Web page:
When I constantly read about empowerments and enlightenment I lose faith in the value of Buddhism.

To me that means that path and those practices are not karmically appropriate for you. May I suggest Pure Land instead (which isn't for me but I like the idea). :thumbsup:
A human being has his limits. And thus, in every conceivable way, with every possible means, he tries to make the teaching enter into his own limits. ChNN
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Re: A fine line between humility and submission

Postby muni » Mon Apr 28, 2014 10:56 am

that a Buddha was actually a student


Wisdom calling his being a simple student of the buddha
Wisdom pointing to pride by having nothing clever to say.
Wisdom pointing to low self estime by bowing for such student.
Wisdom pointing by sitting on the same ground of simple nature.

:buddha1:

Me, slippery soap in its trouble water easely loses these pointings. :soapbox:
Last edited by muni on Mon Apr 28, 2014 11:15 am, edited 1 time in total.
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Re: A fine line between humility and submission

Postby Simon E. » Mon Apr 28, 2014 11:14 am

I'm sorry muni, but that is gibberish.
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Re: A fine line between humility and submission

Postby muni » Mon Apr 28, 2014 11:29 am

Simon E. wrote:I'm sorry muni, but that is gibberish.

Okay. Wisdoms’ "humility" ( awaken being ) is levelless. In buddha nature are no samenesses or differences is me told.
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Re: A fine line between humility and submission

Postby Simon E. » Mon Apr 28, 2014 11:47 am

:thinking:
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Re: A fine line between humility and submission

Postby muni » Mon Apr 28, 2014 12:09 pm

Simon, how others are there levels than by clinging? Clinging to ones, things? I don't know!
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Re: A fine line between humility and submission

Postby Simon E. » Mon Apr 28, 2014 12:20 pm

Muni I am not disagreeing.
I simply have NO idea what you are saying. It makes no sense as English.
For all I know I might even AGREE with your point.
As it is I have no idea.
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Re: A fine line between humility and submission

Postby garudha » Mon Apr 28, 2014 1:23 pm

smcj wrote:
When I constantly read about empowerments and enlightenment I lose faith in the value of Buddhism.

To me that means that path and those practices are not karmically appropriate for you. May I suggest Pure Land instead (which isn't for me but I like the idea). :thumbsup:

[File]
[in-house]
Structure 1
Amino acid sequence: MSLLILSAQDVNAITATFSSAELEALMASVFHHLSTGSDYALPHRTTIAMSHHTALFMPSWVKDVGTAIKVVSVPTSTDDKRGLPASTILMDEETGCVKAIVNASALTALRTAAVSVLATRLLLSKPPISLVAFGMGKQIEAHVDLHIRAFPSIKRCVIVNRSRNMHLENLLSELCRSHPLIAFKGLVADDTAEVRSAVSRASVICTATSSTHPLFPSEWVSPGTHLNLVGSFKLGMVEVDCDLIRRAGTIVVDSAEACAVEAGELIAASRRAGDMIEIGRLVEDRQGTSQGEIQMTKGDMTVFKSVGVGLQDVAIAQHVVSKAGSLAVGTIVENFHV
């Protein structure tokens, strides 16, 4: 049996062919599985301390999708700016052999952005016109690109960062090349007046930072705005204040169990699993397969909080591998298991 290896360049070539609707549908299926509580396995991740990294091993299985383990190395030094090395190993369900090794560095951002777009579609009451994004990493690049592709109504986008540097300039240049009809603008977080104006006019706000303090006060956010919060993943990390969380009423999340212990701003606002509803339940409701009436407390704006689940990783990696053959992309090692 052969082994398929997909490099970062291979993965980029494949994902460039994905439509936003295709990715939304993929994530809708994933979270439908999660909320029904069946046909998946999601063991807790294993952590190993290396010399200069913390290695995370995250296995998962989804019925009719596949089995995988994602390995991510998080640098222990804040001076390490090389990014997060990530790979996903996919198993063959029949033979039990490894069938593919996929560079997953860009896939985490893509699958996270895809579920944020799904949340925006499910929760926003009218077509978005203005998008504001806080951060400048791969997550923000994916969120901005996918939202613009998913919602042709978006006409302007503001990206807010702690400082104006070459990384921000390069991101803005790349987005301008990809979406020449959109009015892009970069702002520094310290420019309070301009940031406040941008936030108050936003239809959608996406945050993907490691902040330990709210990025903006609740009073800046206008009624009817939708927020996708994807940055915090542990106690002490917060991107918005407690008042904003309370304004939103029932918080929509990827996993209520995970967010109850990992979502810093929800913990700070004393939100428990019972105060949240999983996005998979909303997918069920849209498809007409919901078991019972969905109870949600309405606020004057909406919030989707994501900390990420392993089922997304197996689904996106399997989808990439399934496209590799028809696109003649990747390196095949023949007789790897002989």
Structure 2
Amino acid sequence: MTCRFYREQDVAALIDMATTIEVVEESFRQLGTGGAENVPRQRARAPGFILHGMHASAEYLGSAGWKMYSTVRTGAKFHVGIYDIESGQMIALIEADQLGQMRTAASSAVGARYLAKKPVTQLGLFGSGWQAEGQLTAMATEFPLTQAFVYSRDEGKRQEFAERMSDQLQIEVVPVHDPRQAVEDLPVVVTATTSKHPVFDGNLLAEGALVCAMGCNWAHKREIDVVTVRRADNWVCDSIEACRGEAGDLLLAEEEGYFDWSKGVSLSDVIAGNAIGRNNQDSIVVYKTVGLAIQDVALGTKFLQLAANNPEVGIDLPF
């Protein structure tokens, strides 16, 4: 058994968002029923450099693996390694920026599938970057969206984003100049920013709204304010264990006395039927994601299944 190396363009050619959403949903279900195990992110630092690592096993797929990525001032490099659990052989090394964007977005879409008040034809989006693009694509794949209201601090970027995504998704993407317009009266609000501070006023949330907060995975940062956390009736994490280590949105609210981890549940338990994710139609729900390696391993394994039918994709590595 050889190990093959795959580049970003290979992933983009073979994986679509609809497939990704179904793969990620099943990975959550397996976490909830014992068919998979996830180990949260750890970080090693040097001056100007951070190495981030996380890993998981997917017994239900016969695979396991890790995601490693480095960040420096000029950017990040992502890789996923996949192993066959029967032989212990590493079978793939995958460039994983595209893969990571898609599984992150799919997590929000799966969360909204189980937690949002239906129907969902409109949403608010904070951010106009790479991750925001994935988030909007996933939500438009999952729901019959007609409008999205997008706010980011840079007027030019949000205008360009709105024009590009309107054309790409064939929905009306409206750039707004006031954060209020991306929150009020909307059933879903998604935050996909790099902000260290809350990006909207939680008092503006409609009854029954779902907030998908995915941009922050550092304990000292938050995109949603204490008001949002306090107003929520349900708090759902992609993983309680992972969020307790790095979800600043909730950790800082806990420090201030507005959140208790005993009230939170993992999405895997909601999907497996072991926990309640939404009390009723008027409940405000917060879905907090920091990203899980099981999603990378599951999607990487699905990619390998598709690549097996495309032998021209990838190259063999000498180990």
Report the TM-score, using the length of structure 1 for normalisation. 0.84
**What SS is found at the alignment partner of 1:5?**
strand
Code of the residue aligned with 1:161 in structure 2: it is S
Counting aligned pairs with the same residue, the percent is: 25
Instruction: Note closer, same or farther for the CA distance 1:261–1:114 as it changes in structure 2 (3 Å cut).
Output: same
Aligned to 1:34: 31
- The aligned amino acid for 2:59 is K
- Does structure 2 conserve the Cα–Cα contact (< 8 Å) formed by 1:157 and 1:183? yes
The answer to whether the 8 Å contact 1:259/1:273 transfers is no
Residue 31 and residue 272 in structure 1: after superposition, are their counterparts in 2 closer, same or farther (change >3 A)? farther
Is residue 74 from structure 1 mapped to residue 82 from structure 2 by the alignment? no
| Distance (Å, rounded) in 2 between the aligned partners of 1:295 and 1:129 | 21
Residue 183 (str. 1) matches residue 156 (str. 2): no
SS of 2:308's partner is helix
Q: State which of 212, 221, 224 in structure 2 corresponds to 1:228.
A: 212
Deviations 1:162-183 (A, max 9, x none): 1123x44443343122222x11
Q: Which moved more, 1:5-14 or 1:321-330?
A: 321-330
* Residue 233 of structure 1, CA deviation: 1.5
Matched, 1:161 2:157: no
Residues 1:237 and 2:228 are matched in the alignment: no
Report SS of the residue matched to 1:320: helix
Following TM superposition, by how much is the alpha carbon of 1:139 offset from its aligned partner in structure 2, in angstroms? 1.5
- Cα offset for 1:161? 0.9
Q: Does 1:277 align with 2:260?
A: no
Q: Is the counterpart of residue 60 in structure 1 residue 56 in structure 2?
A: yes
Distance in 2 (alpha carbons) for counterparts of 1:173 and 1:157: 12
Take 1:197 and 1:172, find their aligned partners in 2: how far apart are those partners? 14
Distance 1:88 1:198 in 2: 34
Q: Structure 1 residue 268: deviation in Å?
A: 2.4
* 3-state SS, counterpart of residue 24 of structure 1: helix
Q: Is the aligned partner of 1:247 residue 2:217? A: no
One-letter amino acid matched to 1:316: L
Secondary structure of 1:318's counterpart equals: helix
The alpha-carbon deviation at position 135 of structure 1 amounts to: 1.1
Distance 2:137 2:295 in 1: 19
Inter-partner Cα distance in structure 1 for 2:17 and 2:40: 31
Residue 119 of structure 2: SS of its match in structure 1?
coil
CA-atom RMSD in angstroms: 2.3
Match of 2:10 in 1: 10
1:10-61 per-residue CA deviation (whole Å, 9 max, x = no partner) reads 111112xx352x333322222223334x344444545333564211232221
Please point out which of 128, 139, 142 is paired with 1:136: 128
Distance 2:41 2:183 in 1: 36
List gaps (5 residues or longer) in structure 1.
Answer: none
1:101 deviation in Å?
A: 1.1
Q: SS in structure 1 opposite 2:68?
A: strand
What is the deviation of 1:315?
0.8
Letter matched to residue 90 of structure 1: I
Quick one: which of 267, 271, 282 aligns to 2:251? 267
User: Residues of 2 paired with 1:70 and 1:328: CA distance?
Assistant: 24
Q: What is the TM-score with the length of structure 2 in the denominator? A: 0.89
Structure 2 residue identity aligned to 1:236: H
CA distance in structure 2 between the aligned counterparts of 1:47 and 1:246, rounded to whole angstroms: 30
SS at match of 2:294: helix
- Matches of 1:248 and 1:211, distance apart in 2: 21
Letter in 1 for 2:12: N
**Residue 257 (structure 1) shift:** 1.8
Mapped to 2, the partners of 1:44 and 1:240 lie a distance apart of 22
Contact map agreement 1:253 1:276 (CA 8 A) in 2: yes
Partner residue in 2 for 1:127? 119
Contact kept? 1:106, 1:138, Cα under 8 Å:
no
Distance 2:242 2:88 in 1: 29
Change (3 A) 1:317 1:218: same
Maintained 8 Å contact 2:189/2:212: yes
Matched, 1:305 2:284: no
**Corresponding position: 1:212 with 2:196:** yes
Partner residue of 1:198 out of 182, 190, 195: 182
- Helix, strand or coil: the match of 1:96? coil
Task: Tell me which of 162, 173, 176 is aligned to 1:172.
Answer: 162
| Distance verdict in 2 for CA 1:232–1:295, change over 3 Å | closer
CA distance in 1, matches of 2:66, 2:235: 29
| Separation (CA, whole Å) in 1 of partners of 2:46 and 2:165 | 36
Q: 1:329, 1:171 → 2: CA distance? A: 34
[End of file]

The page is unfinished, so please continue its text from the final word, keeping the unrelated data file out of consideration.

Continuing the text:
Thank you.
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Re: A fine line between humility and submission

Postby lobster » Mon Apr 28, 2014 4:27 pm

Submission in its lower sense can be learnt by shopkeepers, soldiers, servants and dharma slaves. Humility arises as the value of submission is understood.

In a higher form it entails submission to the needs of the situation not the appearance of virtue. I would suggest that humility is in its highest form hidden, as a humble act.

and now back to the fine line . . . :smile:
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Re: A fine line between humility and submission

Postby Simon E. » Mon Apr 28, 2014 6:25 pm

I am quite happy to stand or kneel beside shopkeepers, soldiers, servants and dharma slaves.
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Re: A fine line between humility and submission

Postby smcj » Mon Apr 28, 2014 7:03 pm

Along the same lines as Simon, I will gladly prostrate before anyone that has Dharma realization--even if it is only partial.
A human being has his limits. And thus, in every conceivable way, with every possible means, he tries to make the teaching enter into his own limits. ChNN
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Re: A fine line between humility and submission

Postby duckfiasco » Mon Apr 28, 2014 8:58 pm

I believe lobster was referring to submission that is more of a power play between superior other and inferior self, often by hoisting this bad self onto a good/saved self pedestal, or at least gaining some advantage for a demanding small self. This is seen for example in much of Christianity. The bad self is made into a good self through the grace of other, often with conditions attached.

Another kind is submission that may resemble this "inferior evil self" initially, but instead of inferiority being improved into superiority, it's taken to be insight into the unsuitability of this egotistic self for liberation. Therefore, it's not something worthy of such cherishing, but something to be abandoned.
This is my understanding of Pure Land for instance, where we give up our schemings to become a good and wise person, since any such polished self we could make would be provisional, and short of incredible insight, have some calculating egotism waiting to mess it all up.
So instead, we submit to Other-Power, or whatever you might call it.

Sorry if that's all abstract and wrong :toilet:
The Perfect Way knows no difficulties
Except that it refuses to make preferences;
Only when freed from hate and love,
It reveals itself fully and without disguise.
- Sengcan (tr. Suzuki)
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Re: A fine line between humility and submission

Postby Gwenn Dana » Mon Apr 28, 2014 10:21 pm

Humm. Me thinks submission is bad as long as it creates superior and inferior beings, which induces fear or craving. As long as all beings stay of the same nature, you can call the concept or practice as you wish :)
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Re: A fine line between humility and submission

Postby garudha » Wed Apr 30, 2014 5:22 am

lobster wrote:...In a higher form it entails submission to the needs of the situation not the appearance of virtue...


:good: